We have been talking about all of these elements throughout our fifty days together Walking the Roman Road. First comes a new relationship with God and the gift of faith and the presence of the Holy Spirit. That is essential when dealing with sin addiction (which is a relational disease). Then comes the process of sanctification. Without condemnation. Without guilt. Without perfectionism. But also with discipline, with effort, with self-denial, with a process of putting to death the sinful nature through confession, repentance, forgiveness and reconciliation.
On the one hand, I make my physical well-being a part of my sanctification which I am responsible to God for. Paul tells us in I Corinthians 6:19, 20 NIV, “Do you not know that your bodies are temples of the Holy Spirit, who is in you, whom you have received from God? You are not your own; you were bought at a price. Therefore honor God with your bodies.“
Paul was talking about sexual immorality but most people believe that this verse also refers to any kind of sin against your own body. For me, that includes my diet, exercise and supplements. It is part of my walk with God and therefore I can access all of the power of the Holy Spirit within, by faith, to do the will of God. It is God’s will that I treat my body with respect. It is God’s will that I overcome the temptation to eat junk food. It is God’s will that I win the battle against my diabetes. Whether I live longer or not is up to Him, but so long as I live, I will live well, and promote healthy habits in my life and in the life of my family.
But the process is the same for our spiritual walk with God. That is the “other hand” that I want to point out. Non-Christians can go on a diet, obviously, and they can even be religious (and do all of the same things that Christians do for the most part). But they cannot overcome sin addiction. They don’t even want to.
Sin addiction is a very particular, relational problem that is at the core of our psyche and needs to be dealt with by the Holy Spirit, through faith, in a lifestyle of discipline, self-denial and putting to death the “old man/woman” which is our sinful nature.
Jonathan Edwards, the great 17th century pastor and theologian, said that the only thing that the Devil cannot counterfeit is the true humility that comes from confession, repentance, forgiveness and reconciliation. That is precisely how we put to death the old man/woman and deal with our sin addiction. That is not possible unless we are true Christians walking in the Spirit by faith.
You get the point.
But do you?
Most of us live life from one day to the next, thoughtless of the implications of our actions, heedless of the consequences of a passive, go-with-the-flow mentality that so characterizes Christians (especially in the West). Affluence has made us soft. Discipline is a dirty word. We have lost our horizon, our hope, our motivation. Most of us are not even in the struggle.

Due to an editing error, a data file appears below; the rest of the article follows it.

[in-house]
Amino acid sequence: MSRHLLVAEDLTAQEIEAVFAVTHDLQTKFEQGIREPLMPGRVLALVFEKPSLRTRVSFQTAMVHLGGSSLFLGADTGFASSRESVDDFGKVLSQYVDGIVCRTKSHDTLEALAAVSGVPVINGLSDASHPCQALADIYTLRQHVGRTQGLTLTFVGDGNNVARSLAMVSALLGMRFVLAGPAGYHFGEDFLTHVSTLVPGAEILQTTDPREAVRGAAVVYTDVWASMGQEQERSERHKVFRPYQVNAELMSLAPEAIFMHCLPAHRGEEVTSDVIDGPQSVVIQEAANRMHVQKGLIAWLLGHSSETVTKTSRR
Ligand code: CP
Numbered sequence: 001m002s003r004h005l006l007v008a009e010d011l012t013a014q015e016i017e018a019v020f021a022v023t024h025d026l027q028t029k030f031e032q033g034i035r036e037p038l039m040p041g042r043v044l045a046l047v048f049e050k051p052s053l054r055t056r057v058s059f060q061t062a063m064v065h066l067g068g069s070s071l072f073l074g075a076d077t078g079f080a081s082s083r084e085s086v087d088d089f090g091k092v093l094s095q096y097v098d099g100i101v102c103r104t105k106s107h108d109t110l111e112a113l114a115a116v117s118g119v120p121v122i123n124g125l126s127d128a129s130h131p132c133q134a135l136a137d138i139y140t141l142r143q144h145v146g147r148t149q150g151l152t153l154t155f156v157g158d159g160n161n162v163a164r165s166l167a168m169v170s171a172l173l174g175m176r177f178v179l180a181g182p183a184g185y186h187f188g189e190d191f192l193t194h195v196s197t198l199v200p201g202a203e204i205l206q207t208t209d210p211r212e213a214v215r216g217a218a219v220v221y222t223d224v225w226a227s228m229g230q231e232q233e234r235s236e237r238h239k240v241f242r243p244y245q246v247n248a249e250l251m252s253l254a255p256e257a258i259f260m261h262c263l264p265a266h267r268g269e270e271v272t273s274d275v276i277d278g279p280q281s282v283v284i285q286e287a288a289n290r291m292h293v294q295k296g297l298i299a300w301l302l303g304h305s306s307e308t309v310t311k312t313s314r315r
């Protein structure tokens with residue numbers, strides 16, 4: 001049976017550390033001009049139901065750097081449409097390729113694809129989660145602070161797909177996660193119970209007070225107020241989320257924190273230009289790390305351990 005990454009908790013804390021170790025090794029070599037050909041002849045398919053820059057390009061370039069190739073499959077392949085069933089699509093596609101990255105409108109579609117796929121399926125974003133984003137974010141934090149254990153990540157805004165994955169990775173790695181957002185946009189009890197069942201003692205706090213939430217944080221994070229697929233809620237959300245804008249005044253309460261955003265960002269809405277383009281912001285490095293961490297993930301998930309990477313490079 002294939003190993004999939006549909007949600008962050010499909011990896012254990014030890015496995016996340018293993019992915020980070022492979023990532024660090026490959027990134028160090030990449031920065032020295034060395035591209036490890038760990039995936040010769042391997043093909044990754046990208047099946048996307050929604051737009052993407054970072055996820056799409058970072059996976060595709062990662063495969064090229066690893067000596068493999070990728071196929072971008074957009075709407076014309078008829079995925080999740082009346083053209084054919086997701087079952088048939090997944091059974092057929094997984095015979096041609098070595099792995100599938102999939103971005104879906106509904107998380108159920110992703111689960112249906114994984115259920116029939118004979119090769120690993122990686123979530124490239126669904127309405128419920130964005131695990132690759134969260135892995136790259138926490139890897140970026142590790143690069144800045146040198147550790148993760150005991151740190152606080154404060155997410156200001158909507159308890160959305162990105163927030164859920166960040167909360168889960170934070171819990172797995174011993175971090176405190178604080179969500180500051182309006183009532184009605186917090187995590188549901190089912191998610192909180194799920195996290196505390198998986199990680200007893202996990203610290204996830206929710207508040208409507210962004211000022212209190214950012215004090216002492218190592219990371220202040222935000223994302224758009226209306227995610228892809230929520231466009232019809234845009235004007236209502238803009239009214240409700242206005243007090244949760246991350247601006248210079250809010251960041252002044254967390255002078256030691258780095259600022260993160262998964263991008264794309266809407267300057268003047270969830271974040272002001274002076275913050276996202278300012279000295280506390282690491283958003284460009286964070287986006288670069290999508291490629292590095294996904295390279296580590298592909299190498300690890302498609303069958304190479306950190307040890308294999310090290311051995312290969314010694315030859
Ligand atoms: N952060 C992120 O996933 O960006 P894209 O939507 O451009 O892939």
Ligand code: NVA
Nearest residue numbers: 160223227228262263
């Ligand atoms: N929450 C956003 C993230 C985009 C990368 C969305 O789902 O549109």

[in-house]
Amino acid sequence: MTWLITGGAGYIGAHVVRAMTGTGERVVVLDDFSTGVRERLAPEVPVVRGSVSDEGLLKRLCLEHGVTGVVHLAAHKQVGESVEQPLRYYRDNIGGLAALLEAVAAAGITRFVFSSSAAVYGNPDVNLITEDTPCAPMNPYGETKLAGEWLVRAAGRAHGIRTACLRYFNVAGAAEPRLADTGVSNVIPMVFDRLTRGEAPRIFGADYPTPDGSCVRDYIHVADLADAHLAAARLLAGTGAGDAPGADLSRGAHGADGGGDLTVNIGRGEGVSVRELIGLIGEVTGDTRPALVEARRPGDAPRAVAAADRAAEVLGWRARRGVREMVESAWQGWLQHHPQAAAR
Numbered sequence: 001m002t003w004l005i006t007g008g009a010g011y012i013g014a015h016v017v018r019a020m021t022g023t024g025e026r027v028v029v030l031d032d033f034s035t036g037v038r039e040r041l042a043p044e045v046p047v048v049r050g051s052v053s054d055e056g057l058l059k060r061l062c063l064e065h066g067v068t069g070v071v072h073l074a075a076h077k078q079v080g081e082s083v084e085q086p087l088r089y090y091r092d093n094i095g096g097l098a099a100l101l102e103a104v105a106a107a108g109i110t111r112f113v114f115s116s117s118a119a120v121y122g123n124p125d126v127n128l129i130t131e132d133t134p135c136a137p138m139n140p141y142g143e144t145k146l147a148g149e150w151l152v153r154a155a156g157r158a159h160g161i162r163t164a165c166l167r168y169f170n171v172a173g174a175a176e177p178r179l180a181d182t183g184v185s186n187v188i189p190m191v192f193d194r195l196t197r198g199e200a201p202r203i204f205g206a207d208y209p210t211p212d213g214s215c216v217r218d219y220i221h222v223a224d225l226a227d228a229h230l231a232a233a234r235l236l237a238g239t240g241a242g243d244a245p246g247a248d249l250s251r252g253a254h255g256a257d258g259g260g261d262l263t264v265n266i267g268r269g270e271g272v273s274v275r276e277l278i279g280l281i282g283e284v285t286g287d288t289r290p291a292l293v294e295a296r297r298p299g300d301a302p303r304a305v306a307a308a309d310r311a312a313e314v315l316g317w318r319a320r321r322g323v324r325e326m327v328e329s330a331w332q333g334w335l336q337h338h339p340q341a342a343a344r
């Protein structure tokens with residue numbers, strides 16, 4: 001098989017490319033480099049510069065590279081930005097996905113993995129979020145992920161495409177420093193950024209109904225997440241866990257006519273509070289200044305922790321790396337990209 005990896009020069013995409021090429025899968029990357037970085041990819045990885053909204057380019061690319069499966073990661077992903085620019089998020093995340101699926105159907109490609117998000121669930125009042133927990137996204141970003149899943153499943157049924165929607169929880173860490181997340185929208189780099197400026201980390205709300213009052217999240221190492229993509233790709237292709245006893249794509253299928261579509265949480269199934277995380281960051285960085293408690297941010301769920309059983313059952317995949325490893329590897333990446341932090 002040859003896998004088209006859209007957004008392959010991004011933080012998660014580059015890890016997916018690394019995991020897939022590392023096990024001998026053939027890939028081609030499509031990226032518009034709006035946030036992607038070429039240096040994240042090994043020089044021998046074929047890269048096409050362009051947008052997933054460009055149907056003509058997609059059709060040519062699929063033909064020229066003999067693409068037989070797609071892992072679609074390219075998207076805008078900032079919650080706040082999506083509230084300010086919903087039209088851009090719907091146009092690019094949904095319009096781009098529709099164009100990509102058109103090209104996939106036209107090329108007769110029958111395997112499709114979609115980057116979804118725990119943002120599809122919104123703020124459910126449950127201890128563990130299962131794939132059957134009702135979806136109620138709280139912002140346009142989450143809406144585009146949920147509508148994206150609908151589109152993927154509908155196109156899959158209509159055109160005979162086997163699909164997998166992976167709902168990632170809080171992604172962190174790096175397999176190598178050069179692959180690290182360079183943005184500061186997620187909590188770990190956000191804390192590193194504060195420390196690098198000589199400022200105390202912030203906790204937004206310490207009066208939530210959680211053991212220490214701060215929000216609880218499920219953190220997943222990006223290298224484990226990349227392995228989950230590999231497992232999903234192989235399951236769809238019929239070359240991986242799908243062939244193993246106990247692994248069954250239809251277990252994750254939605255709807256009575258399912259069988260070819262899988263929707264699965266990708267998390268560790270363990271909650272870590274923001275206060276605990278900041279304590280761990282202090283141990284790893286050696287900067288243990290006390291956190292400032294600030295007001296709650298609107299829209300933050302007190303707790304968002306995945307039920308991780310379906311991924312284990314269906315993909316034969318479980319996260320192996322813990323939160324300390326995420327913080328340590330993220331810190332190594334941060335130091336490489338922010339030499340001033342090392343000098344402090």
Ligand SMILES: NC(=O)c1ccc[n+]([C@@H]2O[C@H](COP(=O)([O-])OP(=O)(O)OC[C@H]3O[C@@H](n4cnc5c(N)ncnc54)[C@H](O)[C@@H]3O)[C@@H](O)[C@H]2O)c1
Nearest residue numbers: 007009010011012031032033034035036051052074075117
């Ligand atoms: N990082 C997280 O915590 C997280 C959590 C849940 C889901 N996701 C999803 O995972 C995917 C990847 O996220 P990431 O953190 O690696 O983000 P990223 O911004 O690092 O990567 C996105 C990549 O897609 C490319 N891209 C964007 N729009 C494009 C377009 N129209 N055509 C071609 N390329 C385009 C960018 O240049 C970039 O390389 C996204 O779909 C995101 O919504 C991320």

We are not even at the level of the demons who believe in God and tremble (because they know they are in trouble). Most of us take our walk with God for granted. Most of us don’t even accept that our mission in life is Kingdom Evangelism (although the Bible is abundantly clear about it). Most of us don’t “make every effort” to live a Kingdom lifestyle of stewardship, evangelism and discipleship. We poke a stick at it sometimes to see if it is still alive, but discipline, self-denial, and putting to death our old way of life? Very few. A remnant.
That should worry us. Deeply.
Of course, if it does worry us then we are probably true Christians who are about to embark on a transformed way of life in the power of the Holy Spirit by faith. So I hope you are worried, and stirred by this discussion. But now it is time to get to work. Without condemnation. Without guilt. Without perfectionism.
Think in terms of continuous improvement. Real life will get in the way. But you are not your own. You have been bought with a price. Therefore, spiritual discipline, new habits, new intentions and expectations are normal. Learning how to live this way is called discipleship.
Now that you know the truth, blessed is he who walks in it.
The Desert Warrior
Lord, I want to be a true disciple. I want to live life on purpose. Discipline scares me a little bit and self-denial and putting to death my old man is just downright terrifying. I don’t think I can do it alone. And I know I don’t have to. I believe in your promise to give me strength to do you will, Lord. And I know, beyond a shadow of a doubt, that this is your will. I want to overcome my old man and walk in newness of life. I want to count myself dead to sin and alive to you. Because that is the truth. Help me to walk this roman road with purpose, with intention, with hope. In your name I pray. Amen.